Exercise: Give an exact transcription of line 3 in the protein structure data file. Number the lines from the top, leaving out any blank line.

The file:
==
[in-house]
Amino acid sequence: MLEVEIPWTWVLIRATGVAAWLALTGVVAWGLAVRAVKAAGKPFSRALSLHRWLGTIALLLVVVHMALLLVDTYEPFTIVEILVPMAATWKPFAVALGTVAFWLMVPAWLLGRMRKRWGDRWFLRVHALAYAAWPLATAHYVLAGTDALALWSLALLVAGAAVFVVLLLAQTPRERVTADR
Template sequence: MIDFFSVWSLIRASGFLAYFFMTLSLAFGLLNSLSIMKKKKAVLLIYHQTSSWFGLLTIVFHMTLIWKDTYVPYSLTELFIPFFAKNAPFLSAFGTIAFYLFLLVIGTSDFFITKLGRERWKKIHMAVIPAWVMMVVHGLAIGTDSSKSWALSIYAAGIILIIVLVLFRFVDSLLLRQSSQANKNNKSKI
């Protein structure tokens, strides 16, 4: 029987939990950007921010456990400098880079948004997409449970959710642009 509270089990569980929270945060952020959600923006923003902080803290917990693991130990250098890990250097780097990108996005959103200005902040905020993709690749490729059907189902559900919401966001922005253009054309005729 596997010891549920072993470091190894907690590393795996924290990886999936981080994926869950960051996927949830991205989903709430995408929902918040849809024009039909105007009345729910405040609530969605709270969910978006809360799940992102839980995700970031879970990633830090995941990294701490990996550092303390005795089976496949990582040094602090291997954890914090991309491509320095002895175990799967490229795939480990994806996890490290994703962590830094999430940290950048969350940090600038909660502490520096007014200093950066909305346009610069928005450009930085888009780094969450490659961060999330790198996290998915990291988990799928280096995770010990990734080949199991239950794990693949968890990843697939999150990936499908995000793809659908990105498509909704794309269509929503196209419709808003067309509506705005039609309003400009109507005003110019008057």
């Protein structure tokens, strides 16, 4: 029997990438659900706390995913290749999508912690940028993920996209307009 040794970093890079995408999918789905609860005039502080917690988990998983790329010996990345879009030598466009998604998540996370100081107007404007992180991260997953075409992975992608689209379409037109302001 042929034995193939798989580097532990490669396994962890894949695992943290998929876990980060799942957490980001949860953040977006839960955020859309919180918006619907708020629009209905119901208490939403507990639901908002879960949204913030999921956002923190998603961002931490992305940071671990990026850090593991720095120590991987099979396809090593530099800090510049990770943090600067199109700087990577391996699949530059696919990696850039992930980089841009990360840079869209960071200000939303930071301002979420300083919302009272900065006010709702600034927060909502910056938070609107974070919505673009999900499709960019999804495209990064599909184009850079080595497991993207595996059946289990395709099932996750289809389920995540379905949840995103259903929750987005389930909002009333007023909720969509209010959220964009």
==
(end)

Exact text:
Template sequence: MIDFFSVWSLIRASGFLAYFFMTLSLAFGLLNSLSIMKKKKAVLLIYHQTSSWFGLLTIVFHMTLIWKDTYVPYSLTELFIPFFAKNAPFLSAFGTIAFYLFLLVIGTSDFFITKLGRERWKKIHMAVIPAWVMMVVHGLAIGTDSSKSWALSIYAAGIILIIVLVLFRFVDSLLLRQSSQANKNNKSKI